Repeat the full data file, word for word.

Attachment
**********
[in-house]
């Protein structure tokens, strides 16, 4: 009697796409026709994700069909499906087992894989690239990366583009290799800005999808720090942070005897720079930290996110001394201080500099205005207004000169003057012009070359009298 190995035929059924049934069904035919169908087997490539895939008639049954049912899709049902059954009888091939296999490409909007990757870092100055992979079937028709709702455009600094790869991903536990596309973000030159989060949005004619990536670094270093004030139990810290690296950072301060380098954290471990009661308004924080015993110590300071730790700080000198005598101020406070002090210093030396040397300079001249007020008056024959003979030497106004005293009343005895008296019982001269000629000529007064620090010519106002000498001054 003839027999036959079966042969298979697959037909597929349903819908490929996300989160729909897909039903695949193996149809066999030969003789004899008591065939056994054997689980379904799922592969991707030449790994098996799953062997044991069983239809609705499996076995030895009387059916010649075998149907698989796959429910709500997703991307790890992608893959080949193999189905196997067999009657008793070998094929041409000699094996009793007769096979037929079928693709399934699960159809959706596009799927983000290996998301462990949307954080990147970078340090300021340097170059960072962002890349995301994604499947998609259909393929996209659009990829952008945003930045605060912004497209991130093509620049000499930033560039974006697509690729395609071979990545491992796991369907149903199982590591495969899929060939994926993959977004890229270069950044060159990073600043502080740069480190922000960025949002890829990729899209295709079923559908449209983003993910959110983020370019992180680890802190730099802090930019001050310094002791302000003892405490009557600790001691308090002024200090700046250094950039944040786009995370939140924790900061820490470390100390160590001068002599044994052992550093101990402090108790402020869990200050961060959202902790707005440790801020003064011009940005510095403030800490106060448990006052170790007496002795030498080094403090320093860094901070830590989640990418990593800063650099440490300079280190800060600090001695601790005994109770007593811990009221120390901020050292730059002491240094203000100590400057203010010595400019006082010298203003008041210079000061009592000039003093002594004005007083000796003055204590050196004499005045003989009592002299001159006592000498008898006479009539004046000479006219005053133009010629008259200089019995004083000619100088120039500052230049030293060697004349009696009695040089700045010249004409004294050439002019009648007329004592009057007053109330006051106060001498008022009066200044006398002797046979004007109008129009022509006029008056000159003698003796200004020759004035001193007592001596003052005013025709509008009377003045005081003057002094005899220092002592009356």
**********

[in-house]
């Protein structure tokens, strides 16, 4: 009697796409026709994700069909499906087992894989690239990366583009290799800005999808720090942070005897720079930290996110001394201080500099205005207004000169003057012009070359009298 190995035929059924049934069904035919169908087997490539895939008639049954049912899709049902059954009888091939296999490409909007990757870092100055992979079937028709709702455009600094790869991903536990596309973000030159989060949005004619990536670094270093004030139990810290690296950072301060380098954290471990009661308004924080015993110590300071730790700080000198005598101020406070002090210093030396040397300079001249007020008056024959003979030497106004005293009343005895008296019982001269000629000529007064620090010519106002000498001054 003839027999036959079966042969298979697959037909597929349903819908490929996300989160729909897909039903695949193996149809066999030969003789004899008591065939056994054997689980379904799922592969991707030449790994098996799953062997044991069983239809609705499996076995030895009387059916010649075998149907698989796959429910709500997703991307790890992608893959080949193999189905196997067999009657008793070998094929041409000699094996009793007769096979037929079928693709399934699960159809959706596009799927983000290996998301462990949307954080990147970078340090300021340097170059960072962002890349995301994604499947998609259909393929996209659009990829952008945003930045605060912004497209991130093509620049000499930033560039974006697509690729395609071979990545491992796991369907149903199982590591495969899929060939994926993959977004890229270069950044060159990073600043502080740069480190922000960025949002890829990729899209295709079923559908449209983003993910959110983020370019992180680890802190730099802090930019001050310094002791302000003892405490009557600790001691308090002024200090700046250094950039944040786009995370939140924790900061820490470390100390160590001068002599044994052992550093101990402090108790402020869990200050961060959202902790707005440790801020003064011009940005510095403030800490106060448990006052170790007496002795030498080094403090320093860094901070830590989640990418990593800063650099440490300079280190800060600090001695601790005994109770007593811990009221120390901020050292730059002491240094203000100590400057203010010595400019006082010298203003008041210079000061009592000039003093002594004005007083000796003055204590050196004499005045003989009592002299001159006592000498008898006479009539004046000479006219005053133009010629008259200089019995004083000619100088120039500052230049030293060697004349009696009695040089700045010249004409004294050439002019009648007329004592009057007053109330006051106060001498008022009066200044006398002797046979004007109008129009022509006029008056000159003698003796200004020759004035001193007592001596003052005013025709509008009377003045005081003057002094005899220092002592009356």